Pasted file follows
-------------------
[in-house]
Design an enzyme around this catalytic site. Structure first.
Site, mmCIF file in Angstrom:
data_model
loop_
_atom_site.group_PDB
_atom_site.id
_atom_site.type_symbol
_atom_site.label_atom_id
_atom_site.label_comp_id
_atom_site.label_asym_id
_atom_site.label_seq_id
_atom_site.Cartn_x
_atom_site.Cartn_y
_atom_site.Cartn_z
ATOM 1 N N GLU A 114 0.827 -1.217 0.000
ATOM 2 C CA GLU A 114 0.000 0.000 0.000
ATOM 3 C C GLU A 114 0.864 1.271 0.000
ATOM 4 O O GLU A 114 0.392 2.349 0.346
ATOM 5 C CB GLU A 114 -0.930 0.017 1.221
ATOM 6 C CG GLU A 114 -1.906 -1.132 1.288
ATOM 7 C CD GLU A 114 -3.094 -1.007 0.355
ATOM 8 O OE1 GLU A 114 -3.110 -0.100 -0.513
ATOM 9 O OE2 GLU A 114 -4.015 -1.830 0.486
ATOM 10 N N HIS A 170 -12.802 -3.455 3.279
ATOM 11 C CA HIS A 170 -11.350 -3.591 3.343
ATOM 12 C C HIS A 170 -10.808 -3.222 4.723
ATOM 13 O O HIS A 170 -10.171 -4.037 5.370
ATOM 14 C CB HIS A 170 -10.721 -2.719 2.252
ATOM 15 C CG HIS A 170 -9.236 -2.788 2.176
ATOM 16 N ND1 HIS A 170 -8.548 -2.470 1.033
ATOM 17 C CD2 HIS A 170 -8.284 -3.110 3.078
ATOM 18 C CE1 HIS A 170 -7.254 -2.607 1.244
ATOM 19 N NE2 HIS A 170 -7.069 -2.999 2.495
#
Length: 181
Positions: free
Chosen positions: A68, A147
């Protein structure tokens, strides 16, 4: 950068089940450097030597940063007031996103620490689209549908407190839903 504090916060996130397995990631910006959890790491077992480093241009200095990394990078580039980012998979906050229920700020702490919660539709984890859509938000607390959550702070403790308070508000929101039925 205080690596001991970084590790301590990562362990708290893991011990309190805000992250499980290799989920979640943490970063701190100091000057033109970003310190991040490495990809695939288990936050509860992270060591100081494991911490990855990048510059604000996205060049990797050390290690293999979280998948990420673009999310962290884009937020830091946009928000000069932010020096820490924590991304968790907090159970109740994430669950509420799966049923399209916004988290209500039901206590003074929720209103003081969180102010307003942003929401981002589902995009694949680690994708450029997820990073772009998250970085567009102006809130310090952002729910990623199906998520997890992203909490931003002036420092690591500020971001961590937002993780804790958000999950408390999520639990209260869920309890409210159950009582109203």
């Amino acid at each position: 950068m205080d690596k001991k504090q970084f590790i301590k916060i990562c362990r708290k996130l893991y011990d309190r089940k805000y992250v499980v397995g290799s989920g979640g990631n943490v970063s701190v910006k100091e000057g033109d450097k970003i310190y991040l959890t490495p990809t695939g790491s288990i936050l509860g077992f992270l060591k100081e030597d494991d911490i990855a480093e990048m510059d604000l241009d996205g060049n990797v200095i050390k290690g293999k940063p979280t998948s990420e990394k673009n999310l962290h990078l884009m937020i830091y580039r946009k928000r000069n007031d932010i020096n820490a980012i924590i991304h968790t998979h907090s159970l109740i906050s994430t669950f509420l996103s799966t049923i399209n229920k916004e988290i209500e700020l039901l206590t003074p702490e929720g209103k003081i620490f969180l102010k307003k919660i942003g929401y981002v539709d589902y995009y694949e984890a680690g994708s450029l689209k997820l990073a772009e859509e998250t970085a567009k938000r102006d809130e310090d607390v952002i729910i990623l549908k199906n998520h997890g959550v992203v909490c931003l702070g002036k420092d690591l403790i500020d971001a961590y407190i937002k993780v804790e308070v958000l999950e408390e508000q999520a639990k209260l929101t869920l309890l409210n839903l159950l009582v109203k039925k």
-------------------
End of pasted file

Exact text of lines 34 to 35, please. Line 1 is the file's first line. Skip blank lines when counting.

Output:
ATOM 19 N NE2 HIS A 170 -7.069 -2.999 2.495
#